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Boobytraps are primarily an online store, however they do open to the public on Thursdays and some Saturdays. They have an amazing range of laces, elastics, and patterns. I was so excited to see that they also hold bra-making workshops! I signed up straight away!

I chose to make an under-wired, soft cup bra. All of my RTW (ready to wear) bras are the padded, molded cup variety, I was really interested to see if I’d find a soft cup comfortable.

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This is my finished bra! Was it difficult? Not really. Was it fiddly? Hm, a little bit, but not enough to turn me off making more! Is it comfortable? Absolutely!

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Under the guidance of our teacher, Lynn, we learnt the importance of lining a bra (none of my RTW bra’s are lined..), how to fully encase the seams to eliminate the itch-factor, how to insert under-wire casing, how to sew elastic properly… the list goes on! The workshop was totally worth the cost for the tips I learnt alone, not to mention the fact I walked away with my very first me-made bra!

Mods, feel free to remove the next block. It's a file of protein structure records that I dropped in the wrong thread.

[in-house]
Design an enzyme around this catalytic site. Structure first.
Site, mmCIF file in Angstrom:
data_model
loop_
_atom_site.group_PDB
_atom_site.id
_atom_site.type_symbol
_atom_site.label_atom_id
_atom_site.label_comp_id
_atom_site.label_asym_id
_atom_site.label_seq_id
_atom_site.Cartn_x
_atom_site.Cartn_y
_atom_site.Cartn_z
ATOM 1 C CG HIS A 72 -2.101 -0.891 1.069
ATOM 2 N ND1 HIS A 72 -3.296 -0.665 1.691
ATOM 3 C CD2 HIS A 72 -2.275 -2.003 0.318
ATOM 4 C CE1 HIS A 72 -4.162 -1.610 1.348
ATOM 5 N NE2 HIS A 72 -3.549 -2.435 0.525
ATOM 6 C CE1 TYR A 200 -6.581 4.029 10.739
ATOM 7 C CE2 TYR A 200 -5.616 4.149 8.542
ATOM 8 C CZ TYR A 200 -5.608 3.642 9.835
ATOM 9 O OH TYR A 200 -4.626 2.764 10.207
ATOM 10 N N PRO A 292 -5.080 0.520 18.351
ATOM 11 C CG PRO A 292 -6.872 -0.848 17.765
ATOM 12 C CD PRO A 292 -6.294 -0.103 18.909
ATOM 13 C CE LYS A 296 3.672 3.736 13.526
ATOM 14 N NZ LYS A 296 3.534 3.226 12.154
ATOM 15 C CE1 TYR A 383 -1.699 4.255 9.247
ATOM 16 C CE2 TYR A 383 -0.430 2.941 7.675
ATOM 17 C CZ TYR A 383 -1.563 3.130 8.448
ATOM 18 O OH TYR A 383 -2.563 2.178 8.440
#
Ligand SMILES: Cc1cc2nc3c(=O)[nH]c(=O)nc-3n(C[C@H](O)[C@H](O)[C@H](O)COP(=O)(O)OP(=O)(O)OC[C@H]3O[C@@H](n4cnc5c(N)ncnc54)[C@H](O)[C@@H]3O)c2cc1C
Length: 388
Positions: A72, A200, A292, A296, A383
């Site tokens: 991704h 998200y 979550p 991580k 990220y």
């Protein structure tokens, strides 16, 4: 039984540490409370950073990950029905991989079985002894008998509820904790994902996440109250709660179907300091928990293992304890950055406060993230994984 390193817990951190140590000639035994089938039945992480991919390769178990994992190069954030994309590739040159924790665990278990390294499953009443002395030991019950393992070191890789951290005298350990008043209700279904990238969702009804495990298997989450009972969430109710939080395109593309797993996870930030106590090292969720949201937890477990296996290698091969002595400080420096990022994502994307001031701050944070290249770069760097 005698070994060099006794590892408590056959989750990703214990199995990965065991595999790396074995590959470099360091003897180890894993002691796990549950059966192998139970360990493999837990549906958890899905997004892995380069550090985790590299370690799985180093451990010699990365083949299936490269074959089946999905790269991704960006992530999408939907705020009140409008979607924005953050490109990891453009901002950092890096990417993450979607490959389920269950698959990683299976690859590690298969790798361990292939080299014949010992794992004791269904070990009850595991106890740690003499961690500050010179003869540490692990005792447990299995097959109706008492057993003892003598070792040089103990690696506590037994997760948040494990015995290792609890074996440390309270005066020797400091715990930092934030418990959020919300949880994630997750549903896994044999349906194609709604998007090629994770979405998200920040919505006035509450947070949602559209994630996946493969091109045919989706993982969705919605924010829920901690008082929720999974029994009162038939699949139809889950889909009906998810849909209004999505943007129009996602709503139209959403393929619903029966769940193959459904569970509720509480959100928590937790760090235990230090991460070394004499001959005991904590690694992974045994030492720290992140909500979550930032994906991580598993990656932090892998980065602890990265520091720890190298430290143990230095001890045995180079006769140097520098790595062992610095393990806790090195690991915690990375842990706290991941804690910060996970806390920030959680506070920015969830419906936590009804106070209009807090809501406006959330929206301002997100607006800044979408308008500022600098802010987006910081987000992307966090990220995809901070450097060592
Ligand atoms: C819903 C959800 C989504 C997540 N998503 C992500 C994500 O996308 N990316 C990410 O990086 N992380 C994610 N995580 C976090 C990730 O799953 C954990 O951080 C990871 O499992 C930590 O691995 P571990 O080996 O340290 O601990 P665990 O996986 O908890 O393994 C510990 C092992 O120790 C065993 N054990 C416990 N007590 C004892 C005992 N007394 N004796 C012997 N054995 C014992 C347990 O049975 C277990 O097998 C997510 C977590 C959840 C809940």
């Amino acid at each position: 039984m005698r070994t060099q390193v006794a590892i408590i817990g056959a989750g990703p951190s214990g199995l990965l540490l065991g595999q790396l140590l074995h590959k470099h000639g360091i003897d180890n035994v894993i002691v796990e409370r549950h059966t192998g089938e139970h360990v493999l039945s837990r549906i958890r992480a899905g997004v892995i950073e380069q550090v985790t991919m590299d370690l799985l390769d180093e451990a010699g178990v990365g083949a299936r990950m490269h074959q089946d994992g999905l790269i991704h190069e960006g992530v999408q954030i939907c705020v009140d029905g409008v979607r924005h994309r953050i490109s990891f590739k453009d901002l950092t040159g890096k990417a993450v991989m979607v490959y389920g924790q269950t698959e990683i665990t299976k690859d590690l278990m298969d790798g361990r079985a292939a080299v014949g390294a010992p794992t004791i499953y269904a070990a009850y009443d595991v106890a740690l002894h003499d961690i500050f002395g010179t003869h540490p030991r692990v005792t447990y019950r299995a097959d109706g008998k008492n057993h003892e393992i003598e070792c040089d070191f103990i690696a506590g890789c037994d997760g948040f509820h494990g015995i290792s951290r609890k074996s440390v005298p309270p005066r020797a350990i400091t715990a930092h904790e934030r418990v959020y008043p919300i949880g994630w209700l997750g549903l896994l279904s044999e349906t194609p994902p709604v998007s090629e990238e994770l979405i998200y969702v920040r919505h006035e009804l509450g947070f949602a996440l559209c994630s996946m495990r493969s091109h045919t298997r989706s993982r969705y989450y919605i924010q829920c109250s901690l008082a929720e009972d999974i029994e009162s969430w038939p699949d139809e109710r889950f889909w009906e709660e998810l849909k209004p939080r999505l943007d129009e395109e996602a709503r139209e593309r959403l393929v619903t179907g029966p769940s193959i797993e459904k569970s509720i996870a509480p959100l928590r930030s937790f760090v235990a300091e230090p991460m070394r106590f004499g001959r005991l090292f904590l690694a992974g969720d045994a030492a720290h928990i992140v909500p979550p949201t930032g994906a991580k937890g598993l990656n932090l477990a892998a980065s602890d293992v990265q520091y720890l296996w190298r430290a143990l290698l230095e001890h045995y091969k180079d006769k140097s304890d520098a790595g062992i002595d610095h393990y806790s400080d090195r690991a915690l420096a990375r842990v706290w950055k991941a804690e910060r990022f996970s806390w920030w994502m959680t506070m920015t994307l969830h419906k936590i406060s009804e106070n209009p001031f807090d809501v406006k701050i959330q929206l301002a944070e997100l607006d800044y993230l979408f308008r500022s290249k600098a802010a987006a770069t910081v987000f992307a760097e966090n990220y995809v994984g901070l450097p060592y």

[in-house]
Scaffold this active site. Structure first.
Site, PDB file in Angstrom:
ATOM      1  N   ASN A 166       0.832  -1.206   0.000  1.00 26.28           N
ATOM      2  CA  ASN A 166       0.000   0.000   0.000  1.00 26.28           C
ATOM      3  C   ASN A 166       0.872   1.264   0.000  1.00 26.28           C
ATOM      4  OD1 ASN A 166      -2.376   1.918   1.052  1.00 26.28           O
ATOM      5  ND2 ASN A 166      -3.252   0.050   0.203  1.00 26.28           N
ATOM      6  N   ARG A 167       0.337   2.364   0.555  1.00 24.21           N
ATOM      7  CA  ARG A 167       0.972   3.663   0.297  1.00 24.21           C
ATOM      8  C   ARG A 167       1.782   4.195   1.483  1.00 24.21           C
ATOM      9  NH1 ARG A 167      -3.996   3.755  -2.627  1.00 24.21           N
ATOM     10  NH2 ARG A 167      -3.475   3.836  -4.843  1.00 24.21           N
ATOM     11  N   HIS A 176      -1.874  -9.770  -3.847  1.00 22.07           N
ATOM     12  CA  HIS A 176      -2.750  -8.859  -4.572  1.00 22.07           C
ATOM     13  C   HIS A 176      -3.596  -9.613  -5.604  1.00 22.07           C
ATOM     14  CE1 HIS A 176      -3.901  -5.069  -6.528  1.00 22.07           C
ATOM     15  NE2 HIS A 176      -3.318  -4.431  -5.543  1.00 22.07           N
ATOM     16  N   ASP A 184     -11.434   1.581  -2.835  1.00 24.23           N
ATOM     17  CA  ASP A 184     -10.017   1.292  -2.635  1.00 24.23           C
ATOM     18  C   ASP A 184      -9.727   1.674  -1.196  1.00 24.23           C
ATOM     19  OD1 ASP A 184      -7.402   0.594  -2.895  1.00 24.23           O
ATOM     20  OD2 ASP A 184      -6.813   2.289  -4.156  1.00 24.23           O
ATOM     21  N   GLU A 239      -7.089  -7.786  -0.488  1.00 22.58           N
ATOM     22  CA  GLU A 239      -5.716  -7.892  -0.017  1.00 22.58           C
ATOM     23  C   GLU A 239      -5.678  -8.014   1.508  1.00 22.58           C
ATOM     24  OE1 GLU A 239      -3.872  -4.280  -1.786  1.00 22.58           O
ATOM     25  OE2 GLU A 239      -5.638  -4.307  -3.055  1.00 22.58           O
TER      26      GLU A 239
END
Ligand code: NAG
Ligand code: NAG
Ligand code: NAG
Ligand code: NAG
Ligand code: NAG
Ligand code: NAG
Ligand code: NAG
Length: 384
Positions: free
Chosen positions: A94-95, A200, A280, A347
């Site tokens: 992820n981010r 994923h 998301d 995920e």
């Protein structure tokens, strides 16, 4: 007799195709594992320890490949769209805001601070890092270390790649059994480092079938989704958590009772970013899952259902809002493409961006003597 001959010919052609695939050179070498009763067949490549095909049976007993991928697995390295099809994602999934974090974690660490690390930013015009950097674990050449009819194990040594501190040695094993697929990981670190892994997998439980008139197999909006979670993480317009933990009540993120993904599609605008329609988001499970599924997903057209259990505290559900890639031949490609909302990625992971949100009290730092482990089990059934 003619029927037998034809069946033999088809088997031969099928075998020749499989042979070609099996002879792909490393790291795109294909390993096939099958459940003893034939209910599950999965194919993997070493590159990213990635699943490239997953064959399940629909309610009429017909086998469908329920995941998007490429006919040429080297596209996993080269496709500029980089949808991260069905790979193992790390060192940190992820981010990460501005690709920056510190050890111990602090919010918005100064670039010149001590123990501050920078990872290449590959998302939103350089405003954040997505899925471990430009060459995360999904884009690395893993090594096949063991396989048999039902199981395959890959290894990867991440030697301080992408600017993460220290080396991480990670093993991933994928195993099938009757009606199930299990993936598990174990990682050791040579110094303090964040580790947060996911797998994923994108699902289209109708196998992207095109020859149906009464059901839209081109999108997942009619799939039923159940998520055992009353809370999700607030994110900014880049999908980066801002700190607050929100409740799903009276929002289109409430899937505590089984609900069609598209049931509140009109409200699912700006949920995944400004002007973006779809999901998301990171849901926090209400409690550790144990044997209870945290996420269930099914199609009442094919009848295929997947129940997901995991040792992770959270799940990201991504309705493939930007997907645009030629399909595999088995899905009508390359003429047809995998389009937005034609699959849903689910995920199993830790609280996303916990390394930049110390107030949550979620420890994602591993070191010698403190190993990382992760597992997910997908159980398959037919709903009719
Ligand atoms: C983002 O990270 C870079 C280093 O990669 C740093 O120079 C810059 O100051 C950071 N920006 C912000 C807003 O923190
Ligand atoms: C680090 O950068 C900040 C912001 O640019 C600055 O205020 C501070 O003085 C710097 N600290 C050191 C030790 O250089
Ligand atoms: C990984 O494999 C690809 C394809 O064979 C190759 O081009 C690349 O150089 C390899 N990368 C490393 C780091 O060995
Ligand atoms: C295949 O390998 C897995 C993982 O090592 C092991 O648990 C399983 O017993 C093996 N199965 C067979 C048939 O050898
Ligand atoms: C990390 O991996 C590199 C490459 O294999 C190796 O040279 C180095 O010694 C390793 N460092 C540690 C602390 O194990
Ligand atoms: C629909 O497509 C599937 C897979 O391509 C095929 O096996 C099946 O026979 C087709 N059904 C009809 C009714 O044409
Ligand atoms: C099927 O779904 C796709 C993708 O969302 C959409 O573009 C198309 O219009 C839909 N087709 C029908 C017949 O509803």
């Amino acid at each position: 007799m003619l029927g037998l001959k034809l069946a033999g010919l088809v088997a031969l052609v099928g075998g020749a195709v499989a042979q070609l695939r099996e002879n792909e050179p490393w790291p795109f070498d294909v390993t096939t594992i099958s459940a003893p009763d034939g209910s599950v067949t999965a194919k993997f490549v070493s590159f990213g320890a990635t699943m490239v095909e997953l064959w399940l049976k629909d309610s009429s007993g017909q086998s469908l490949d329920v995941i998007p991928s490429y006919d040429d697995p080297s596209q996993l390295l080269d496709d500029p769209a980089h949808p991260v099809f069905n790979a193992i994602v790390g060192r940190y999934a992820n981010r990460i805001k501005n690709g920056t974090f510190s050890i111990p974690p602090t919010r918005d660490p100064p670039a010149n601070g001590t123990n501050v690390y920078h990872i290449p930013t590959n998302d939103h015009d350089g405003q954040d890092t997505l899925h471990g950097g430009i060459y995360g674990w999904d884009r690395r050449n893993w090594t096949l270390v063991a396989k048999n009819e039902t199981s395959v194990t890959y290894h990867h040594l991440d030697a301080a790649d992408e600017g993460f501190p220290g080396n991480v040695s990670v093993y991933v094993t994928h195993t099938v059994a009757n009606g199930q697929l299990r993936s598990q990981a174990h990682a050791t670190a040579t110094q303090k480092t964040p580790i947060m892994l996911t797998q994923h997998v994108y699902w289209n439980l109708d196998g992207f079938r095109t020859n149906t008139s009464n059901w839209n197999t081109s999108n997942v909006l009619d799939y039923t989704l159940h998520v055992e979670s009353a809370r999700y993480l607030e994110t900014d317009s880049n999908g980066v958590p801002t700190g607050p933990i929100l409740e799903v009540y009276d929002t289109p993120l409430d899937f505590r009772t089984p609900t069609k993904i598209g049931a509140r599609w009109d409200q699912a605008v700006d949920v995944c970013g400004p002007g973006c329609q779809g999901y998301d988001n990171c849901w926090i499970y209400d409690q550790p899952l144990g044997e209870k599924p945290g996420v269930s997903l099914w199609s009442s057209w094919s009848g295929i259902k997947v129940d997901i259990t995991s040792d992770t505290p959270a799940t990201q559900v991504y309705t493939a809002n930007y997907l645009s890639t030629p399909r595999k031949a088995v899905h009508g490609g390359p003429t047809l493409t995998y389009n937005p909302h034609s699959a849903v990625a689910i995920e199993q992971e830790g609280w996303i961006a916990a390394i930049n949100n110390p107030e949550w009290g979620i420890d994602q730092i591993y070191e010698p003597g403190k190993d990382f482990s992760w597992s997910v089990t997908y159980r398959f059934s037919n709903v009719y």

I decided to go with a light coloured kit, so I could really see what I was doing. The kit came with everything I needed to make the bra, including these gorgeous detailed elastic straps! So pretty!

I highly recommend these classes, but you do need to have a bit of stretch-sewing experience. I also took along my own sewing machine, stretch needles, silk pins, scissors and measuring tape.

Now to my favourite bra & lingerie blogs!

  • Visit Maddy at Madalynne for some truly ethereal, lovely lingerie inspiration/tutorials.